Is the Reformation Over?: An Evangelical Assessment of Contemporary Roman Catholicism [NOOK Book]

Overview

For the last few decades, Catholics and Protestants have been working to heal the wounds caused by centuries of mistrust. This book, a Christianity Today 2006 Book Award winner, provides an evaluation of contemporary Roman Catholicism and the changing relationship between Catholics and evangelicals.

The authors examine past tensions, post-Vatican II ecumenical dialogues, and social/political issues that have brought Catholics and evangelicals ...
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Is the Reformation Over?: An Evangelical Assessment of Contemporary Roman Catholicism

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Overview

For the last few decades, Catholics and Protestants have been working to heal the wounds caused by centuries of mistrust. This book, a Christianity Today 2006 Book Award winner, provides an evaluation of contemporary Roman Catholicism and the changing relationship between Catholics and evangelicals.

The authors examine past tensions, post-Vatican II ecumenical dialogues, and social/political issues that have brought Catholics and evangelicals together. While not ignoring significant differences that remain, the authors call evangelicals to gain a new appreciation for the current character of the Catholic Church.

Written by Mark Noll, one of the premier church historians of our day, and Carolyn Nystrom, this book will appeal to those interested in the relationship between evangelicals and the Catholic Church.
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Editorial Reviews

Publishers Weekly
The eminent evangelical historian Noll and journalist Nystrom offer a lucid and charitable account of the current state of evangelical-Catholic relations. Only scant decades ago, they point out, Protestants inveighed against "the formalism, the anthropocentric worship, the power mongering, and the egotism" of Rome. But now, they wryly observe, all those qualities "flourish on every hand within Protestant evangelicalism." This willingness to see the proverbial beam in one's own eye is one of the great strengths of this book, which has as much to say about the authors' own Christian tradition as about Rome. Surveying the changes in Catholicism since Vatican II, and documenting the numerous encounters that have ensued between Catholics and Protestants, Noll and Nystrom find "a dramatically altered terrain" that offers hope for further rapprochement. Catholics will appreciate the authors' focus on official teaching, especially their appreciative, though not uncritical, survey of the Church's Catechism. Not all readers will agree that on the crucial Reformation-era topic of justification, "Catholics and evangelicals now believe approximately the same thing," and Noll and Nystrom barely mention popular practices, like the cult of Guadalupe and the late Pope John Paul II's reinstatement of indulgences, that trouble evangelicals. Still, even if they never quite answer the question posed in their title, Noll and Nystrom certainly make the case that that question's time has come. (July) Copyright 2005 Reed Business Information.
Library Journal
Noll (religion, Wheaton Coll.) and freelance writer Nystrom propose examining modern-day Roman Catholicism from the perspective of Evangelical history and theology. Though they acknowledge that this task is made easier by some of the ecumenical successes between Catholics and Evangelicals over the last 40 years, they are also quick to point out that religious indifferentism masquerading as genuine ecumenism makes it all that more difficult. They focus on the spirit and ecclesial insights of Vatican Council II, claiming that the Council has provided the theoretical basis for such serious ecumenical discussion. While largely positive in evaluating contemporary Catholicism, this work is not sanguine in considering the Catholic church or the future of Evangelical-Catholic unity. The authors identify failures and scandals within each church and address a number of theological issues (e.g., ecclesiology, sacraments, the role of Mary) that require serious conversation. Timely and instructive, this book is suitable for university and community libraries with strong religion circulation.-David I. Fulton, Coll. of St. Elizabeth Convent Station, NJ Copyright 2005 Reed Business Information.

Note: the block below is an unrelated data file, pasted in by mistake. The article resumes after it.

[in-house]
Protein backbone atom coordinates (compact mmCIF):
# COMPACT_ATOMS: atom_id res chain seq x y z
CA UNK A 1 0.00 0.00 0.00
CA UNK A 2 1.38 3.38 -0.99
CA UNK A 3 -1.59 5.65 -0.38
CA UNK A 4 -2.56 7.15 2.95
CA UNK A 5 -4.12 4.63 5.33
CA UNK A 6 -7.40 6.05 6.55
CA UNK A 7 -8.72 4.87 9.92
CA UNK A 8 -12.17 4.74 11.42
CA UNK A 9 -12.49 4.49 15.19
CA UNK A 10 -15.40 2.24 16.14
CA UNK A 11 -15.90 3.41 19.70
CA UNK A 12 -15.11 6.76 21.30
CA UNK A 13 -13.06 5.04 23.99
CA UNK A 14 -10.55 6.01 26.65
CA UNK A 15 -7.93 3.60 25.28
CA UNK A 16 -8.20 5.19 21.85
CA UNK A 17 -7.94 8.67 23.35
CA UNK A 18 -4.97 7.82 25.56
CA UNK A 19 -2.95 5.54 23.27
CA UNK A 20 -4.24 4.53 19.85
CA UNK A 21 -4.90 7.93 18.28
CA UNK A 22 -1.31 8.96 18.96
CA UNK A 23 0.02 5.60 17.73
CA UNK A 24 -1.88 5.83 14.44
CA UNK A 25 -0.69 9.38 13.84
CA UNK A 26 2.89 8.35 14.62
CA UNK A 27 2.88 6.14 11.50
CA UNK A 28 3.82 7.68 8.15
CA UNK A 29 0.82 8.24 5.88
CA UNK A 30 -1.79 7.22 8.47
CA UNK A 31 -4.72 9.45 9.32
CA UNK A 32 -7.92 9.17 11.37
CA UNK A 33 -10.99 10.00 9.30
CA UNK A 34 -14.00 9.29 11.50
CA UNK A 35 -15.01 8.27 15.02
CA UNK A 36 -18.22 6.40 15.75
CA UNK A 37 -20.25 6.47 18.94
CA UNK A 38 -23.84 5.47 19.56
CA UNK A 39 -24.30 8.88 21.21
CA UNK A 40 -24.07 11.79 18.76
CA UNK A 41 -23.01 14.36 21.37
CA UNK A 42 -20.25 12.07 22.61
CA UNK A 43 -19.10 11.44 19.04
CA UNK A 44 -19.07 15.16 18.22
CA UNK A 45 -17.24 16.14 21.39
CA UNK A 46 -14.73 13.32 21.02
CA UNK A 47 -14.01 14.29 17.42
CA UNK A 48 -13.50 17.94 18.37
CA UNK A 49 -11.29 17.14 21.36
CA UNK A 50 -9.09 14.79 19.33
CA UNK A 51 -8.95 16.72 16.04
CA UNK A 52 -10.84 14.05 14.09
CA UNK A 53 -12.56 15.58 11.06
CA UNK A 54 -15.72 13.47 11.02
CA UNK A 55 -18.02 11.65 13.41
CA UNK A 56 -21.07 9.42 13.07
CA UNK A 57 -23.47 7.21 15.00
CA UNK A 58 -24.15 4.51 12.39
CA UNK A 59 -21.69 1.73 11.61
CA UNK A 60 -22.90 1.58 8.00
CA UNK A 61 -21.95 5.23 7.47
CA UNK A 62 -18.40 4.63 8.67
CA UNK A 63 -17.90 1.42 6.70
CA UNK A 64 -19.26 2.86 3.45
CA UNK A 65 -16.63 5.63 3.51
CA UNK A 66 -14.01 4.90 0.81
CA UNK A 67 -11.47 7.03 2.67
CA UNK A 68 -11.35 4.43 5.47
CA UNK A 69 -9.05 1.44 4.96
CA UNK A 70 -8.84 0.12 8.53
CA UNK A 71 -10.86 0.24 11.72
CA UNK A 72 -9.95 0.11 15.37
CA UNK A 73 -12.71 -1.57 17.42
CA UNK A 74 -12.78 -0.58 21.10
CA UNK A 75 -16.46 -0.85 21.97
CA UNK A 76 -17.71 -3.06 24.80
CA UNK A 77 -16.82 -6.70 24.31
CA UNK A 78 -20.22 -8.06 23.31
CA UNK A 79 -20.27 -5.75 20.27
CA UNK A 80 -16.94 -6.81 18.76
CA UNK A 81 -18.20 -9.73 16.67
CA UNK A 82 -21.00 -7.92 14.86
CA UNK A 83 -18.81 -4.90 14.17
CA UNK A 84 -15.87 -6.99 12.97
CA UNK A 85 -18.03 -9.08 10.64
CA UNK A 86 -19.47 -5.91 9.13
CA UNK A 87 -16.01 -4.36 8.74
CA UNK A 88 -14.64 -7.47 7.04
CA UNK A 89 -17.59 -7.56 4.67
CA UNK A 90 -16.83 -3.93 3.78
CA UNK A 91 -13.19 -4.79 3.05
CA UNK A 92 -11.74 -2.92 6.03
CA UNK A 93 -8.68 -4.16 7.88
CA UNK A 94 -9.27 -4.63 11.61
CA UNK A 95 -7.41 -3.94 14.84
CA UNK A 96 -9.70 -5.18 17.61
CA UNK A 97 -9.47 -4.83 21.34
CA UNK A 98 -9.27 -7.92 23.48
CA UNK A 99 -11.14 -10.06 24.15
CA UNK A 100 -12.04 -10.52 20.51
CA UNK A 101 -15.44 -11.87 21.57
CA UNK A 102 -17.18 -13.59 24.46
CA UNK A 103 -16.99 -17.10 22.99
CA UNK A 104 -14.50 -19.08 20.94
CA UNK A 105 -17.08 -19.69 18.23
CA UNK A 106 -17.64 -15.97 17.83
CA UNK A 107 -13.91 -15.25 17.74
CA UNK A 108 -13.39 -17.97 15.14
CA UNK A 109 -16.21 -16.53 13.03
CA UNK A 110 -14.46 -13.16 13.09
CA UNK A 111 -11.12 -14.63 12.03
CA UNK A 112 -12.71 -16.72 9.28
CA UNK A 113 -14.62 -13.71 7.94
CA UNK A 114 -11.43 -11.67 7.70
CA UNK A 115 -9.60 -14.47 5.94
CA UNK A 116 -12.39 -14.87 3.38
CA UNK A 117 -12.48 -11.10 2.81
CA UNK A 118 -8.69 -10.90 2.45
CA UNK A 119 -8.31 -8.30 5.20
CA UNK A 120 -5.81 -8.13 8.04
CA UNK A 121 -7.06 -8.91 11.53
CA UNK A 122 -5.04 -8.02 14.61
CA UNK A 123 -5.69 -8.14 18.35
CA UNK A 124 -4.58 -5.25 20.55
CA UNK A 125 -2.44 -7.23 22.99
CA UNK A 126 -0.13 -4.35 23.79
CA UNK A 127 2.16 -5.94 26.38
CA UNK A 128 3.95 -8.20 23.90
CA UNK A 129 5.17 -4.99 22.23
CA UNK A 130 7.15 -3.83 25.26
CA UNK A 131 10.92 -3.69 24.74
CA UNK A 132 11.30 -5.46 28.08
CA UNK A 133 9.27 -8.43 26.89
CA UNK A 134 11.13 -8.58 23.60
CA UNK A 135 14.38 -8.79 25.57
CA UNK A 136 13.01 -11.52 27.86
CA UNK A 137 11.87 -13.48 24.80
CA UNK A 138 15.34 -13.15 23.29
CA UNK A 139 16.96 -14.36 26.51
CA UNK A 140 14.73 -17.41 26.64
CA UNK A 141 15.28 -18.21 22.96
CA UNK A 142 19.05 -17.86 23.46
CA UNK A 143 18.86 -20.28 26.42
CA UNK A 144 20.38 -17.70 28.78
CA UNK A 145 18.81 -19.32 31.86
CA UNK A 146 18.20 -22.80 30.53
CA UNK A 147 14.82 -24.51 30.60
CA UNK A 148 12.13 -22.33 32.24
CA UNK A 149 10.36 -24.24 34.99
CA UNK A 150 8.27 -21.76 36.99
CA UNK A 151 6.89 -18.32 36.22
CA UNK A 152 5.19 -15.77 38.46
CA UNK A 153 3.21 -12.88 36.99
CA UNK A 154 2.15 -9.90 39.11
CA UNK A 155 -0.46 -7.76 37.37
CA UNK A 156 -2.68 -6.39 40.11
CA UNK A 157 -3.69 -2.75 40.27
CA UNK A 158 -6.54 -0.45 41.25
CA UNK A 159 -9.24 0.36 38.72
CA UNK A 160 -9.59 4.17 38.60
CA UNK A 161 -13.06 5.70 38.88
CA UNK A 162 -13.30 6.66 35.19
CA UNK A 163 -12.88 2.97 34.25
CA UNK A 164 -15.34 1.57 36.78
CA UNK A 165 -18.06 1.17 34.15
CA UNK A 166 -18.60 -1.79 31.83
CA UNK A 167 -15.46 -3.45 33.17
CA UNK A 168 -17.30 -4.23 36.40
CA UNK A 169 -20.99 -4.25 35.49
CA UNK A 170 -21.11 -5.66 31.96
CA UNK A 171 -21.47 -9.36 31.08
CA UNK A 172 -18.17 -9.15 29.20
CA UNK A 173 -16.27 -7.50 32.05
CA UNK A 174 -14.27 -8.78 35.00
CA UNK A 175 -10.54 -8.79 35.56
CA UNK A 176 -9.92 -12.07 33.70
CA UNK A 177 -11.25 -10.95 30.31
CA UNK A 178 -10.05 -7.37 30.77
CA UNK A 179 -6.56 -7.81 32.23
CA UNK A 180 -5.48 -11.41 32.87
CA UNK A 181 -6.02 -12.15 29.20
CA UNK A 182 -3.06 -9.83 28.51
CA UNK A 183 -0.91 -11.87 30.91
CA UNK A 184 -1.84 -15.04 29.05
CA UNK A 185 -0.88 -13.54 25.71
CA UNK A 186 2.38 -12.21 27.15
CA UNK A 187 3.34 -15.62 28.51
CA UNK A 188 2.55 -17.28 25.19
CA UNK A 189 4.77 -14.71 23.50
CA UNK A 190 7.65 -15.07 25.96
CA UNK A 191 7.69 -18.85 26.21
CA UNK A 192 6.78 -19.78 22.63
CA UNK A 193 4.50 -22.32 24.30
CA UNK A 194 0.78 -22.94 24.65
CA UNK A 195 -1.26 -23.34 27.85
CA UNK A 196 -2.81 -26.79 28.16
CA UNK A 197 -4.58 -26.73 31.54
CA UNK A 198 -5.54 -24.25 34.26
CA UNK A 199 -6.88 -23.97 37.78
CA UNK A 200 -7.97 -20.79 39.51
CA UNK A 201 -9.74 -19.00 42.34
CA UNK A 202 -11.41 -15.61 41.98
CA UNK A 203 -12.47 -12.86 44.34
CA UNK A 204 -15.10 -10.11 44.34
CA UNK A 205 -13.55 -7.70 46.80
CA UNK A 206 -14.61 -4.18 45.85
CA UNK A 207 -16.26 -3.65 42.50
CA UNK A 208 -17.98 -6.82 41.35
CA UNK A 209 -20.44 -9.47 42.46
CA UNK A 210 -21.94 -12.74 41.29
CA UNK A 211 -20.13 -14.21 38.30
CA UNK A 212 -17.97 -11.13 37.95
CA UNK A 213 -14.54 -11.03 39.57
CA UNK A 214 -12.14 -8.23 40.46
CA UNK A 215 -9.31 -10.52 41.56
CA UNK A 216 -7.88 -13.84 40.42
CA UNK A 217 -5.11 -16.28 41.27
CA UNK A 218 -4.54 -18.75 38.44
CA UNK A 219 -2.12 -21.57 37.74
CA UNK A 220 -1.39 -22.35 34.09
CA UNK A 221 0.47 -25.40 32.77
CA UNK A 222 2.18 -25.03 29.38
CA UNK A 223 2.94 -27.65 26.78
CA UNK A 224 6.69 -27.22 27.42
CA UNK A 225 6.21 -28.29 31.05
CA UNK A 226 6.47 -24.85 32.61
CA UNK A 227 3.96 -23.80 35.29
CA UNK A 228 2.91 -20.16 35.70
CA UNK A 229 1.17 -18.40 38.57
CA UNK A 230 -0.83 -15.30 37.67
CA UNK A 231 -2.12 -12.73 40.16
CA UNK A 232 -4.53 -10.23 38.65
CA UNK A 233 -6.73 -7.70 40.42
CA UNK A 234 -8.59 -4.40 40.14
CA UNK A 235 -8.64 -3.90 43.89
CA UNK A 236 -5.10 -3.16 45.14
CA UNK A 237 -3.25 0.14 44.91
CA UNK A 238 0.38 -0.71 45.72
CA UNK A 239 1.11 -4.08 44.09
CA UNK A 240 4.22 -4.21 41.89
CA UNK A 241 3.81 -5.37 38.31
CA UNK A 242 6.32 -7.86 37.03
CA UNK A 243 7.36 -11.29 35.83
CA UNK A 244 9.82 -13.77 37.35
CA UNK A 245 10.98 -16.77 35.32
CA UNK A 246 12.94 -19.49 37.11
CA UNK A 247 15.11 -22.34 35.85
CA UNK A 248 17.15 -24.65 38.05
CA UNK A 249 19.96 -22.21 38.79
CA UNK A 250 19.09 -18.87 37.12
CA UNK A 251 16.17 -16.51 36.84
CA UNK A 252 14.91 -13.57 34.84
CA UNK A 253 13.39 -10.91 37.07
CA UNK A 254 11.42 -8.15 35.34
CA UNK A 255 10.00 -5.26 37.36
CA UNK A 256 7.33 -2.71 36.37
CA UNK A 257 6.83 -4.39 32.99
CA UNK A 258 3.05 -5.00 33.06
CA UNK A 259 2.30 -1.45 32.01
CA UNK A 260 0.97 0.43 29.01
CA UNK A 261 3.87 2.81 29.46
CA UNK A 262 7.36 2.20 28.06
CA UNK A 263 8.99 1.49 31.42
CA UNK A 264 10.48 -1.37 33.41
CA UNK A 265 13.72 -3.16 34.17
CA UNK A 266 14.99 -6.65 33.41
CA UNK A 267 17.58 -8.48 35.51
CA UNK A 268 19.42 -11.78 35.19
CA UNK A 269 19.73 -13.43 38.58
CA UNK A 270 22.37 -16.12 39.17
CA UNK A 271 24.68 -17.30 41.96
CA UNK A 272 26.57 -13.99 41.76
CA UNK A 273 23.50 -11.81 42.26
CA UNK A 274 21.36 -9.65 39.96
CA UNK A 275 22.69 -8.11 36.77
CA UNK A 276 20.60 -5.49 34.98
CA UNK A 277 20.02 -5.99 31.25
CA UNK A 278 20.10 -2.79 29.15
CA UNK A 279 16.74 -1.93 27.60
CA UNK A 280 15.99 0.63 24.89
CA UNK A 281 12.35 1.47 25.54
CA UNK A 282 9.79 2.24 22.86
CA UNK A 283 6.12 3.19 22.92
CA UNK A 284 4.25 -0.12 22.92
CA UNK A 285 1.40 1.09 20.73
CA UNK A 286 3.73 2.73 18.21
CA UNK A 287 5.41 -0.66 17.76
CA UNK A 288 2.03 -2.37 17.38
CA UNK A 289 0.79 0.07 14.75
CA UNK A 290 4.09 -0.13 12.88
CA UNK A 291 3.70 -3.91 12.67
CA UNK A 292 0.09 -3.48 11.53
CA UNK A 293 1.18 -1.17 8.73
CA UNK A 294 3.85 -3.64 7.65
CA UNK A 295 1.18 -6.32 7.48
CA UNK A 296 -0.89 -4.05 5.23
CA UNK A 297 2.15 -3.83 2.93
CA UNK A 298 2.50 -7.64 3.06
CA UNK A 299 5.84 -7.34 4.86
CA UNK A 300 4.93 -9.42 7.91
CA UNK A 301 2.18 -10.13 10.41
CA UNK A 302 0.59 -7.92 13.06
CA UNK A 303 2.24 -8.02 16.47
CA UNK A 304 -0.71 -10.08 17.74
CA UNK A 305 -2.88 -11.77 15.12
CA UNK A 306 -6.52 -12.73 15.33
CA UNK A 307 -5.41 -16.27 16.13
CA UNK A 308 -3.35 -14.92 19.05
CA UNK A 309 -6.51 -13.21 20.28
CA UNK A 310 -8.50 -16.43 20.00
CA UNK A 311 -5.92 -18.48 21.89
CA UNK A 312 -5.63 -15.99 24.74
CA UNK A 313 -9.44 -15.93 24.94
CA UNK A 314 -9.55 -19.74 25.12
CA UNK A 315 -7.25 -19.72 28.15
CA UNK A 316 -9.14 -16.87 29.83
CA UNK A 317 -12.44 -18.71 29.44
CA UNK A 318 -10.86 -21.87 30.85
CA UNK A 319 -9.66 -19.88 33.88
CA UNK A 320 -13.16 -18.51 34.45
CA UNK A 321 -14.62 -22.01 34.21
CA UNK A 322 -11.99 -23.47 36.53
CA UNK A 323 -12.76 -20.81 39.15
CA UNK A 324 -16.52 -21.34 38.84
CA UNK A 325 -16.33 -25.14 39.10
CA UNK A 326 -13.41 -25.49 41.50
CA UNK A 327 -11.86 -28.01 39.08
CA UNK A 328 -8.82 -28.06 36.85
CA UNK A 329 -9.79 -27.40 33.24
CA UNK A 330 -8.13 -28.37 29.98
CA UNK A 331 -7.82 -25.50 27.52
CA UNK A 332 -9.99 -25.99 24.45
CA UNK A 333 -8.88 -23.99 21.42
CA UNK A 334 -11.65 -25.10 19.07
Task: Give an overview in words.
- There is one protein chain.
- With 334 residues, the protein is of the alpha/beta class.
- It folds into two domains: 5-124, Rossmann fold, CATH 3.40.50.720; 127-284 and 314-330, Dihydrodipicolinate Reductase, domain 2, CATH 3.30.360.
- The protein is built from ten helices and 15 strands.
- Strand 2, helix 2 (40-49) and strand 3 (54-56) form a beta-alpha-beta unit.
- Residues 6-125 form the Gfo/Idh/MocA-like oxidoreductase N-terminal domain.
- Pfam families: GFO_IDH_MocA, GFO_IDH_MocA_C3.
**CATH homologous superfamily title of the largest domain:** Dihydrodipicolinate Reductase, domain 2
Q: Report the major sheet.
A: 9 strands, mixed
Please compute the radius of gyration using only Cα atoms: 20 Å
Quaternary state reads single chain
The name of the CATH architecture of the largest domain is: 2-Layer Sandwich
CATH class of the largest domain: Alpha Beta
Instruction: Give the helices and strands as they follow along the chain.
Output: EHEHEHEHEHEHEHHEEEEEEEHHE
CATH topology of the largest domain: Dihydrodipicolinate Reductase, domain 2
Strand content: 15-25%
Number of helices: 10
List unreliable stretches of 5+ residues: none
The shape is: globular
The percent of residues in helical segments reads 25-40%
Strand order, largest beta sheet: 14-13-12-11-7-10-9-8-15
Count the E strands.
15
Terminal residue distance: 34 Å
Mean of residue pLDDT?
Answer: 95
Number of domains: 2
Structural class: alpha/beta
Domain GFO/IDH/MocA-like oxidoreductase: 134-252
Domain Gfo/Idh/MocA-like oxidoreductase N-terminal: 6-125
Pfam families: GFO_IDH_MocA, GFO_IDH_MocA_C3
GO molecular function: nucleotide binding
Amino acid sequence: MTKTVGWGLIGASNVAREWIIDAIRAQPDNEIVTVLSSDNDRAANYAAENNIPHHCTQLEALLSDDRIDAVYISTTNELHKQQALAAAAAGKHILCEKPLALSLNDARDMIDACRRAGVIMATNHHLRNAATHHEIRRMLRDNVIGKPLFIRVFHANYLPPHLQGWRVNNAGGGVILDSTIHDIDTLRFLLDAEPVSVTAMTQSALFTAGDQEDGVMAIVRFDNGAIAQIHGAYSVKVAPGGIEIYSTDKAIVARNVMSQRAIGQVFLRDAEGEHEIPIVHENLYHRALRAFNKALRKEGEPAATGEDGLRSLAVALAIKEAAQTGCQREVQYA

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Product Details

  • ISBN-13: 9781441201812
  • Publisher: Baker Publishing Group
  • Publication date: 4/1/2008
  • Sold by: Barnes & Noble
  • Format: eBook
  • Pages: 272
  • Sales rank: 566,464
  • File size: 714 KB

Meet the Author

Mark A. Noll (PhD,Vanderbilt University) is the Francis A. McAnaney Professor of History at the University of Notre Dame. He is the author of many books, including A History of Christianity in the United States and Canada, The Scandal of the Evangelical Mind, and Turning Points.

Carolyn Nystrom, a freelance writer, is based in St. Charles, Illinois.
Mark A. Noll (PhD, Vanderbilt University) is the Francis A. McAnaney Professor of History at the University of Notre Dame in South Bend, Indiana. One of the nation's most distinguished practitioners of American religious history, he is the author of dozens of books, including Turning Points, America's God: From Jonathan Edwards to Abraham Lincoln, The Scandal of the Evangelical Mind, and Is the Reformation Over?
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Table of Contents

Introduction
1. Things Are Not the Way They Used to Be
2. Historic Standoff
3. Why Did Things Change?
4. Ecumenical Dialogues
5. The Catholic Catechism
6. Evangelicals and Catholics Together
7. Reactions from Antagonism to Conversion
8. An American Assessment
9. Is the Reformation Over?
Further Reading
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